January 4, 2012
“Hi Stevie, Happy New Year! Hope all is well with you. We are considering investing in an income property sometime this year. Given the price range discussed a while back, what are your thoughts on options to consider outside the typical downtown condo?”
Hi […], Happy 2012 to you both! Your plans couldn’t be more timely, here’s why. The United States Federal Reserve has just indicated that interest rates will remain unchanged until mid to late 2014, which suggests that Canada will most likely follow suit. This bodes well for investors as it means that variable interest rates will likely remain low.
While the condo side of the market still remains strong, it is anticipated that it may become more difficult for investors to reap positive cash flow on projects above the $650/sq foot mark.
After all costs are factored in, many owners may end up subsidizing their rental units to the tune of $300-400 per month as rent alone often falls short of covering all carrying costs. The hope is that in time, the value of the unit will appreciate enough upon selling, to offset the subsidized payments carried and provide a solid return, i.e. a decent capital gain.
While this was almost a guarantee between 2006 and 2010, it may become a little harder to achieve amidst competition from both new and resale units of similar sizes, features and location. These combined factors have the potential for a perfect storm, one that could work to drive prices down if the market does not absorb current inventory at a fast enough pace.
So where else to consider in the real estate landscape you ask? I would suggest… diversifying your portfolio to include property types such as bungalows–with finished basements situated close to urban centers (i.e. a 20 minute drive to the downtown core). My rational is based on 4 observations:
Observation 1: Amidst an investment climate focused largely on condo acquisitions and an increasingly dense-population expansion throughout the downtown core, it’s reasonable to expect that in years to come (barring any economic calamity), ownership of a detached property—with actual land—will become an exclusive club (visit a London, New York city or Hong Kong for a dose of this reality).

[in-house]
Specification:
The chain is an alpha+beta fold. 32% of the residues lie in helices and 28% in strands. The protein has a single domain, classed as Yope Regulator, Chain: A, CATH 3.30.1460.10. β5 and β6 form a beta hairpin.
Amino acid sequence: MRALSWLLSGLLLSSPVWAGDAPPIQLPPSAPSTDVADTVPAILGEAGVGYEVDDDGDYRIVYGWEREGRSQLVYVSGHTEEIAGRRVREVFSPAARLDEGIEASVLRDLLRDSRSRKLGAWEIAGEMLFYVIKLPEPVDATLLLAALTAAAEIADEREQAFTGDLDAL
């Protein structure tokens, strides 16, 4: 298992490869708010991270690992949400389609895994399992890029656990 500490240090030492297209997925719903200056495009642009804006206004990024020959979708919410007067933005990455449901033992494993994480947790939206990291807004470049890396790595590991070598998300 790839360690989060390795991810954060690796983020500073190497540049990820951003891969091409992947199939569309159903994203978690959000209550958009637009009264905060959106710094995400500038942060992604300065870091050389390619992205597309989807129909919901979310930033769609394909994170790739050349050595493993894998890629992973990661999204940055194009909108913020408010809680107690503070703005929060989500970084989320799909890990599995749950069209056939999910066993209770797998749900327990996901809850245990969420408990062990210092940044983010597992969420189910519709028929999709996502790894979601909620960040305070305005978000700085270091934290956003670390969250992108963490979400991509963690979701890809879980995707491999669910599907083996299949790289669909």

Observation 2: A demographic shift is occurring, many baby-boomers are downsizing from larger homes into smaller single-floor dwellings. While condominiums have been in large part the go-to option here, bungalows are becoming a very popular alternative as they provide similar comforts to a standard 2-storey home, but on a smaller scale for more maintainable and affordable upkeep. In addition, if the basement is finished, it allows for potential income from a tenant to help offset expenses while on a fixed income.
Observation 3: Bungalows are often priced thousands less than two storey detached homes—and in some cases still even lower than many recently built town houses. As an added benefit, lot size permitting, one can always extend the home or build vertically down the road to suit individual tastes.
Observation 4: When the late 20 to early to 30-somethings who represent a fair share of today’s condo buyers look to begin investing in families, the current 1 bedroom+den setup may be insufficient.
Unless condo developers go back to the drawing board and focus on designing operationally sustainable communities that include larger 2 and 3 bedrooms, minus the heinous maintenance fees that often accompany larger units, bungalows sitting at the cusp of the core might emerge as one of the best options. Condos certainly have their place and let’s face it; sky-living is here to stay, however a bungalow should be considered a worthy complement to your long term property investment plans. Hope this helps!
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